ECHO- Ontario to Support New, Permanent Shelter Facility in St. Thomas

Published on October 30, 2020

ST. THOMAS – The Ontario government is providing municipalities and Indigenous community partners with over $241 million to help protect the province’s most vulnerable from COVID-19, including those who are homeless or at risk of becoming homeless.


This week, Jeff Yurek, MPP announced that the City of St. Thomas is receiving $927,831.00 in Special Services Relief Funding, which includes capital funding to support the purchase of a new building for a permanent emergency shelter.


“It has never been more critical that our most vulnerable neighbours in St. Thomas have access to safe and warm shelter,” said MPP Yurek. “This new, permanent shelter will be a stable facility from which dedicated local service providers can continue to carry out their important, lifesaving work.”


“So much good happens when we all work together. Shelter and housing in St. Thomas are so very important,” said City of St. Thomas Mayor Joe Preston. “This announcement and recognition by our great partners at the Province of Ontario, especially our own Minister Yurek, will create a better housing environment.”


“Inn Out of the Cold St. Thomas-Elgin is thrilled with the announcement by the Provincial government to provide funding towards a permanent emergency shelter,” said Lori Fitzgerald, Executive Director of Inn out of the Cold. “During COVID it has become very apparent that expanded services for those experiencing homelessness in our community is a vital need. We are excited by the response of the Province and the City to support our most vulnerable.”


“The St. Thomas Police Service is ecstatic to learn that the City of St. Thomas has received funding to create a permanent emergency shelter for our most vulnerable people,” said Chief Chris Herridge. “This shelter will provide protection and safety to those who need it most. Our service will continue to work with our strong community partners to ensure the protection and safety for all who live and visit our City.”


The provincial funding is part of the government’s $510 million investment to help protect the health and safety of the province’s most vulnerable people. Funding will be delivered through the Social Services Relief Fund and will go towards protecting and supporting homeless shelter staff and residents, creating or renovating over 1,500 housing units, expanding rent support programs and creating longer-term housing solutions.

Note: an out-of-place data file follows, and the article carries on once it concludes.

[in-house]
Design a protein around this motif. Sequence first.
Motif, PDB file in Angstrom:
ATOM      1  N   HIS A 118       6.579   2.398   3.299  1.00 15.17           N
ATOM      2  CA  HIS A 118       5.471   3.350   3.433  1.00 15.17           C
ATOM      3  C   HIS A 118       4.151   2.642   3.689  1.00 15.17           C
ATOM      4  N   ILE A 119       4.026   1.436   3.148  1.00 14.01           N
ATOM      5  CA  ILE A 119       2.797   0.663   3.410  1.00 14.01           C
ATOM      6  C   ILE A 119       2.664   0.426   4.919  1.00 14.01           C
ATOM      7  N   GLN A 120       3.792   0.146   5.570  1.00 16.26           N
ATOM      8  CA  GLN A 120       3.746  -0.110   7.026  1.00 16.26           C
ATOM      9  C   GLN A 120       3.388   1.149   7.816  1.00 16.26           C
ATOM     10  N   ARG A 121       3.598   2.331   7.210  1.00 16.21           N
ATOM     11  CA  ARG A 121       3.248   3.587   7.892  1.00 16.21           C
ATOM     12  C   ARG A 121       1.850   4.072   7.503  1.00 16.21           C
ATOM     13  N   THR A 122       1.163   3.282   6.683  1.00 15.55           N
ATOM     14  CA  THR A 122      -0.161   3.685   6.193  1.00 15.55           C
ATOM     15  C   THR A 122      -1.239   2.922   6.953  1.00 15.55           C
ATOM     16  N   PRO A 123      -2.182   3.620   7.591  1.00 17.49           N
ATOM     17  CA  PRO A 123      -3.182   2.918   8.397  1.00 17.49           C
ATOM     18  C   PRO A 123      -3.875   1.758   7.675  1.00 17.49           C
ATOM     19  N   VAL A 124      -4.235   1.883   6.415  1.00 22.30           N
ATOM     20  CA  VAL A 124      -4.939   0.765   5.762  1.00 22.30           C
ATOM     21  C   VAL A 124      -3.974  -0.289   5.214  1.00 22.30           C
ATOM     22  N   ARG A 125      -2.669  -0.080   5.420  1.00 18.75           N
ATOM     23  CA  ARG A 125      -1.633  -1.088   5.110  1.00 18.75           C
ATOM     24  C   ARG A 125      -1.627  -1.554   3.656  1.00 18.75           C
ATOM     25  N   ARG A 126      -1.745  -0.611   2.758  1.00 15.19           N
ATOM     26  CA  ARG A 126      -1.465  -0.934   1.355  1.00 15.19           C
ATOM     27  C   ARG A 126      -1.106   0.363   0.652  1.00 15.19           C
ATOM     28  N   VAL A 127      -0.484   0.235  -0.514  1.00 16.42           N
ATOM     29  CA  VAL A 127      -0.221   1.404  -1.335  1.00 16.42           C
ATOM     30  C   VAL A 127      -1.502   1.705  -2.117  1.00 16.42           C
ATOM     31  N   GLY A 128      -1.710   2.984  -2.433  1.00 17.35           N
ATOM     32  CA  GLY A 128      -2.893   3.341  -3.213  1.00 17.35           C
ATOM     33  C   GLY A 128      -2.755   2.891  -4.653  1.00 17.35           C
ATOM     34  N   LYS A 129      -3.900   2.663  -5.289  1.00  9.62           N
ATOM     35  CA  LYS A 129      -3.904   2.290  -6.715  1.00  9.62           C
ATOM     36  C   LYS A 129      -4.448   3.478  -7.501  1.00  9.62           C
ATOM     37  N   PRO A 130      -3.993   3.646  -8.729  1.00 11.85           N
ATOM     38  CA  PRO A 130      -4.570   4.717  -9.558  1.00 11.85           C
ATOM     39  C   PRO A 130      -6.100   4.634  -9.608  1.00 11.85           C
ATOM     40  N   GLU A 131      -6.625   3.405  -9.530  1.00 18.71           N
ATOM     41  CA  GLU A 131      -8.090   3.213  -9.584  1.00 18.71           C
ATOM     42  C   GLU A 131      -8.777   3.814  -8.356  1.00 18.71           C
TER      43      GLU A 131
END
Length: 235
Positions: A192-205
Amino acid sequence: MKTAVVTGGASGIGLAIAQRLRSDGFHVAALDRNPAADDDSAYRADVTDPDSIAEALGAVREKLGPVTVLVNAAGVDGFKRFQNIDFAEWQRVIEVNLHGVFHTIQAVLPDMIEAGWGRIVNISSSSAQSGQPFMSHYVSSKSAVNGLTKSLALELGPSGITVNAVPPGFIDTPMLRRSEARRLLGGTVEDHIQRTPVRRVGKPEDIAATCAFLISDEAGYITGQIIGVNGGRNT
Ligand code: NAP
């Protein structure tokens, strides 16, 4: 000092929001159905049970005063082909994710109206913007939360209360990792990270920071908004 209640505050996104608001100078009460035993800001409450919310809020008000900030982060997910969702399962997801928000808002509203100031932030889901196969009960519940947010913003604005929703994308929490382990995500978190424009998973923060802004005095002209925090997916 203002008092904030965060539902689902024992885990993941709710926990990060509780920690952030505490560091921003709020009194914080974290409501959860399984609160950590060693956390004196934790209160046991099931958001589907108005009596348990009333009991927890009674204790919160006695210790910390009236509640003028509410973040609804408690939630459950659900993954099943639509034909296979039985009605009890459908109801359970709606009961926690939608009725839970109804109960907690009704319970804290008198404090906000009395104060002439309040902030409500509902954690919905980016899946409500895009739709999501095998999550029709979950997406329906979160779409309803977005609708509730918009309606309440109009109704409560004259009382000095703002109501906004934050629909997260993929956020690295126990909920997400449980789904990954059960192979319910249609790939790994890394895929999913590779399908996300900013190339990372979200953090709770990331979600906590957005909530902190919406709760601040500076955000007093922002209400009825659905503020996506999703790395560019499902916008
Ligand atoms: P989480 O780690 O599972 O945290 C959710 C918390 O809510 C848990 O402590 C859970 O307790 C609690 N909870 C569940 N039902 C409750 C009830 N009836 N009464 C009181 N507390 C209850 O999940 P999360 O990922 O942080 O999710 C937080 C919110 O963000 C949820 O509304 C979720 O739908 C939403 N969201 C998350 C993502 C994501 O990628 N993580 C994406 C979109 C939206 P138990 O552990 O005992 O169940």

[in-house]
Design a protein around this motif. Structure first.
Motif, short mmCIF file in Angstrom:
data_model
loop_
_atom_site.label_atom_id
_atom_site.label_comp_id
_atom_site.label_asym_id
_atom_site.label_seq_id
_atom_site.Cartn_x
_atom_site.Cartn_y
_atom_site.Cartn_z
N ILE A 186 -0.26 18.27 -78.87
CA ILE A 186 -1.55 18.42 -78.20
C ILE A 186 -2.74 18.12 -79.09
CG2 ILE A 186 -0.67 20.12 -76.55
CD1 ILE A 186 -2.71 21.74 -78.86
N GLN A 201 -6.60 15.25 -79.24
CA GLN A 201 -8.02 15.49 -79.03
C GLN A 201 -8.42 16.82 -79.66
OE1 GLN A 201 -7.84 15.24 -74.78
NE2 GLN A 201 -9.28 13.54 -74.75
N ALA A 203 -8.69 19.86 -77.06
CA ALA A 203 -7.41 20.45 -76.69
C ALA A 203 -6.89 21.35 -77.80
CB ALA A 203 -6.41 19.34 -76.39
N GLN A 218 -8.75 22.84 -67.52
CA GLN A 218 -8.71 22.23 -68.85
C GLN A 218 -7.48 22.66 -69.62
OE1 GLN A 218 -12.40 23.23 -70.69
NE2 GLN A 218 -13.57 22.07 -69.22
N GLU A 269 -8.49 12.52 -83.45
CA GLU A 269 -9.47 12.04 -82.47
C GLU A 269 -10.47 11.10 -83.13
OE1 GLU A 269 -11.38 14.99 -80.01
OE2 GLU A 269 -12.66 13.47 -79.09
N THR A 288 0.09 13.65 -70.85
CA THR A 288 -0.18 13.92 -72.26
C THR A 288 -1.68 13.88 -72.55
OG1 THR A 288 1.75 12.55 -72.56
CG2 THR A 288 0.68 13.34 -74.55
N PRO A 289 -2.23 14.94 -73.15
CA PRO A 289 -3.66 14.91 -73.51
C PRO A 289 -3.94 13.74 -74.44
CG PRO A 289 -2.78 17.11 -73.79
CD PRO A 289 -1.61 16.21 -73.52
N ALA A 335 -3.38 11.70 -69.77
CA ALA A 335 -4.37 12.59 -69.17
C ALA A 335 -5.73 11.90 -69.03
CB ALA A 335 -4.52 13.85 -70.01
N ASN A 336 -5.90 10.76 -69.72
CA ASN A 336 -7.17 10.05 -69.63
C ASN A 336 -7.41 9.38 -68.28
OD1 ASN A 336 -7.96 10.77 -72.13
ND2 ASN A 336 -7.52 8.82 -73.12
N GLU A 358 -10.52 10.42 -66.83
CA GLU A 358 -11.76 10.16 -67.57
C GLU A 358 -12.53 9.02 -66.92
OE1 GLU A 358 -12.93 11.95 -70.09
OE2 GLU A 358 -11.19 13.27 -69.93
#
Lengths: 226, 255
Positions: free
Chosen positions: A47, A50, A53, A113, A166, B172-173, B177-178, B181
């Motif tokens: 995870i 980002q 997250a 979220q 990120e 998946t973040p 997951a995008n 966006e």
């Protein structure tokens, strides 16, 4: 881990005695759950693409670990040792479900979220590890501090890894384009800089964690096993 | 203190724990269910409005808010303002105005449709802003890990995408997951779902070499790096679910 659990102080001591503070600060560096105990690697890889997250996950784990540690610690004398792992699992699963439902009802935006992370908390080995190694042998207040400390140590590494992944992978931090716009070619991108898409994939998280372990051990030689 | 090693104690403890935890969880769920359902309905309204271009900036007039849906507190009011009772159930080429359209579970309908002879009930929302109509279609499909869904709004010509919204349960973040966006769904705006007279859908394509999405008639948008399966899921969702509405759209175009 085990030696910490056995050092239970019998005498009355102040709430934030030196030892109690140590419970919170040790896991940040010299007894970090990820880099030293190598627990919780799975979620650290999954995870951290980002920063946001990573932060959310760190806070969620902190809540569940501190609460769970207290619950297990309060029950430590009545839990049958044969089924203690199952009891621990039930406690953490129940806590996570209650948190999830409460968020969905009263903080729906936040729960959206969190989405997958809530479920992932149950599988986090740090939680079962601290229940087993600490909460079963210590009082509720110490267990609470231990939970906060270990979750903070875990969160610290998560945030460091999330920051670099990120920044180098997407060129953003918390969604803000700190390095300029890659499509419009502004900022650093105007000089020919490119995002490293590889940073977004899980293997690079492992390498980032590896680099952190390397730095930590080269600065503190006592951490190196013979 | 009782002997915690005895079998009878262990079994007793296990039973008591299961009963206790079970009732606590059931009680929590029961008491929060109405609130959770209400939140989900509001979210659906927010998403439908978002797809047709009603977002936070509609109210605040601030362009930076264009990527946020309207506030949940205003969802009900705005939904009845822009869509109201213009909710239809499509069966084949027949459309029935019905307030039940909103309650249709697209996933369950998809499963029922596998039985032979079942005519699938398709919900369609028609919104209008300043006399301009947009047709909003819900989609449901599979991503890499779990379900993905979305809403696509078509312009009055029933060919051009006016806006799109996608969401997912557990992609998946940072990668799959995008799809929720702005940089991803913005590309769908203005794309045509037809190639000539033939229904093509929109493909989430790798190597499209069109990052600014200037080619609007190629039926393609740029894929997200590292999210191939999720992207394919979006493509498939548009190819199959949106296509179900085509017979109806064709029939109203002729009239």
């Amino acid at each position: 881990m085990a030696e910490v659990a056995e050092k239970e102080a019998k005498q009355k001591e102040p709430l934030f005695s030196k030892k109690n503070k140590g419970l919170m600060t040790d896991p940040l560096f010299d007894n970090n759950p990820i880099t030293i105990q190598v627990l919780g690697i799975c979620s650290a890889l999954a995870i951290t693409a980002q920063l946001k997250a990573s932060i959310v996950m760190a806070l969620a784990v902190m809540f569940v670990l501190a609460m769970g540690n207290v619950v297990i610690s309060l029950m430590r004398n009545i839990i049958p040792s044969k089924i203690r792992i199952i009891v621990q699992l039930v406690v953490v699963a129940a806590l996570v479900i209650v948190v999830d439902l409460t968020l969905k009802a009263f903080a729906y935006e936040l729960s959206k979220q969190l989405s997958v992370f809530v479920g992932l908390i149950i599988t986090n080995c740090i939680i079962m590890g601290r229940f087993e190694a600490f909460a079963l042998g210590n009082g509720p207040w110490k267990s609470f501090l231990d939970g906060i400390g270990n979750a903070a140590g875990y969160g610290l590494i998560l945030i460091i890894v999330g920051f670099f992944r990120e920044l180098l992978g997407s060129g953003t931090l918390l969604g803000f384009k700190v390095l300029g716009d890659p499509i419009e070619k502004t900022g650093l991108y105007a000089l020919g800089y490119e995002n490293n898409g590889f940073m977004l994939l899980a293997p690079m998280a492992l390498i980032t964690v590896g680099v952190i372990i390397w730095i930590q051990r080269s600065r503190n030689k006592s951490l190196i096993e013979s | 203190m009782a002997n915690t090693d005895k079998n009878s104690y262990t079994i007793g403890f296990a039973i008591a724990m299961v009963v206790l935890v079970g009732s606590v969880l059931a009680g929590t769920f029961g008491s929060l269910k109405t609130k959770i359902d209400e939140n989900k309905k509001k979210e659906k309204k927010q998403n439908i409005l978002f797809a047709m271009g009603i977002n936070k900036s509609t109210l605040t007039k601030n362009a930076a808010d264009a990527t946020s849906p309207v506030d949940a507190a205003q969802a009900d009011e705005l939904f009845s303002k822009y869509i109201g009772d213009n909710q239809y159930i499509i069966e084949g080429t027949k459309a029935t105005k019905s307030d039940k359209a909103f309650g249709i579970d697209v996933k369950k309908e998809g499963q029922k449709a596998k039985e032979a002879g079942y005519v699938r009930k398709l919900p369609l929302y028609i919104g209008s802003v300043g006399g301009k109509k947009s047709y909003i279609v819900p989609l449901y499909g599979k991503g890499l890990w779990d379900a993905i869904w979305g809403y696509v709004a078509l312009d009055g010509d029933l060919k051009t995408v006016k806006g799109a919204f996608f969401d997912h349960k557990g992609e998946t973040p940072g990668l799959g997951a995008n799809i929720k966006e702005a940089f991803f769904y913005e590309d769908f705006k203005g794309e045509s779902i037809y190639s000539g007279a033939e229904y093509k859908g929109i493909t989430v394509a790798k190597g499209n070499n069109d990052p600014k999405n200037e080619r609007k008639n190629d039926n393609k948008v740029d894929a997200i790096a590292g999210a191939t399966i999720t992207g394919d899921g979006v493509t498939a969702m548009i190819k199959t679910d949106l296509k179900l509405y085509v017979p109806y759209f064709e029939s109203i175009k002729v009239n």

“We know that our municipal and Indigenous partners are facing extraordinary challenges, which is why these significant investments are so important,” said Minister of Municipal Affairs and Housing, Steve Clark. “Our investments are helping to build longer term solutions as well as meet ongoing, immediate needs related to COVID-19.”


The Social Services Relief Fund is part of the up to $4 billion being provided to Ontario municipalities under the federal-provincial Safe Restart Agreement. It will help municipalities protect the health and well-being of the people of Ontario while delivering critical public services, such as public transit and shelters, as the province continues down the path of economic recovery.



  • In March, Ontario launched the Social Services Relief Fund with an initial $148 million investmentto help protect the health and safety of the province’s most vulnerable people in response to the outbreak of COVID-19. In July, an additional $150 million was committed to help improve shelters and create opportunities for longer-term housing. In August, Ontario committed another $212 million in funding, bringing the government’s assistance to service managers and Indigenous program administrators to $510 million.
  • Ontario’s service managers and Indigenous program administrators help provide shelter or housing for those who are homeless or at risk of homelessness, victims of domestic violence, and members of Indigenous communities who are in need.
  • In September, the Ontario government passed the Helping Tenants and Small Businesses Act, which freezes rent in 2021 for the vast majority of Ontario’s 1.7 million renters in both rent-controlled and non-rent-controlled residential units.